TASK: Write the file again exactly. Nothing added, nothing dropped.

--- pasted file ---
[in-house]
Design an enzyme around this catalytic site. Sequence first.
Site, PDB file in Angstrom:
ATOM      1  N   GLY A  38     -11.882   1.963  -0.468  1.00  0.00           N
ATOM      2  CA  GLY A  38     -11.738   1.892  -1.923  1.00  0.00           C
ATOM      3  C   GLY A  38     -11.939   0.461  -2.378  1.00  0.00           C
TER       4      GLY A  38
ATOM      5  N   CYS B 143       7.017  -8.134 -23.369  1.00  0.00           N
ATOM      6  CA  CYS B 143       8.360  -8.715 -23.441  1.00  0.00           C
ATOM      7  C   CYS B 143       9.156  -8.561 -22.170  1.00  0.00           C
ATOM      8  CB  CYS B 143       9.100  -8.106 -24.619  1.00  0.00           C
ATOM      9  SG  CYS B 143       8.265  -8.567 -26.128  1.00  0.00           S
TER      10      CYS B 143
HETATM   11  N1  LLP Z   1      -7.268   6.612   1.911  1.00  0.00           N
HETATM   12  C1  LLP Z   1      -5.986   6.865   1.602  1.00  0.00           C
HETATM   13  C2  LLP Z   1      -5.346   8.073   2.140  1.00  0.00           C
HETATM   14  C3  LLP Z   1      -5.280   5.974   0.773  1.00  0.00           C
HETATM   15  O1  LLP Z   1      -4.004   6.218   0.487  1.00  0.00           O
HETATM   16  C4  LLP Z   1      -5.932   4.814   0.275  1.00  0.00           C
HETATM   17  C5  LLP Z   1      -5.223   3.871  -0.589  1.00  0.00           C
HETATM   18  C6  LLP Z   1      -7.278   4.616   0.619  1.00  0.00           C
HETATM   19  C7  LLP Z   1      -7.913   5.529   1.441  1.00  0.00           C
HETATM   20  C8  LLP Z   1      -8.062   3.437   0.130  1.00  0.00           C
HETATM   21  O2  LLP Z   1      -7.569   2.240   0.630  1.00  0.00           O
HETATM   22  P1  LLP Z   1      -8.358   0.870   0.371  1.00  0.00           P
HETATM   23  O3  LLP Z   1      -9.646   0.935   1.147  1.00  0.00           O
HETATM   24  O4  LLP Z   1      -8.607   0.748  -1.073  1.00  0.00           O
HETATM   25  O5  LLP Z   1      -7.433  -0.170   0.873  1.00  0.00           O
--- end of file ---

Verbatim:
[in-house]
Design an enzyme around this catalytic site. Sequence first.
Site, PDB file in Angstrom:
ATOM      1  N   GLY A  38     -11.882   1.963  -0.468  1.00  0.00           N
ATOM      2  CA  GLY A  38     -11.738   1.892  -1.923  1.00  0.00           C
ATOM      3  C   GLY A  38     -11.939   0.461  -2.378  1.00  0.00           C
TER       4      GLY A  38
ATOM      5  N   CYS B 143       7.017  -8.134 -23.369  1.00  0.00           N
ATOM      6  CA  CYS B 143       8.360  -8.715 -23.441  1.00  0.00           C
ATOM      7  C   CYS B 143       9.156  -8.561 -22.170  1.00  0.00           C
ATOM      8  CB  CYS B 143       9.100  -8.106 -24.619  1.00  0.00           C
ATOM      9  SG  CYS B 143       8.265  -8.567 -26.128  1.00  0.00           S
TER      10      CYS B 143
HETATM   11  N1  LLP Z   1      -7.268   6.612   1.911  1.00  0.00           N
HETATM   12  C1  LLP Z   1      -5.986   6.865   1.602  1.00  0.00           C
HETATM   13  C2  LLP Z   1      -5.346   8.073   2.140  1.00  0.00           C
HETATM   14  C3  LLP Z   1      -5.280   5.974   0.773  1.00  0.00           C
HETATM   15  O1  LLP Z   1      -4.004   6.218   0.487  1.00  0.00           O
HETATM   16  C4  LLP Z   1      -5.932   4.814   0.275  1.00  0.00           C
HETATM   17  C5  LLP Z   1      -5.223   3.871  -0.589  1.00  0.00           C
HETATM   18  C6  LLP Z   1      -7.278   4.616   0.619  1.00  0.00           C
HETATM   19  C7  LLP Z   1      -7.913   5.529   1.441  1.00  0.00           C
HETATM   20  C8  LLP Z   1      -8.062   3.437   0.130  1.00  0.00           C
HETATM   21  O2  LLP Z   1      -7.569   2.240   0.630  1.00  0.00           O
HETATM   22  P1  LLP Z   1      -8.358   0.870   0.371  1.00  0.00           P
HETATM   23  O3  LLP Z   1      -9.646   0.935   1.147  1.00  0.00           O
HETATM   24  O4  LLP Z   1      -8.607   0.748  -1.073  1.00  0.00           O
HETATM   25  O5  LLP Z   1      -7.433  -0.170   0.873  1.00  0.00           O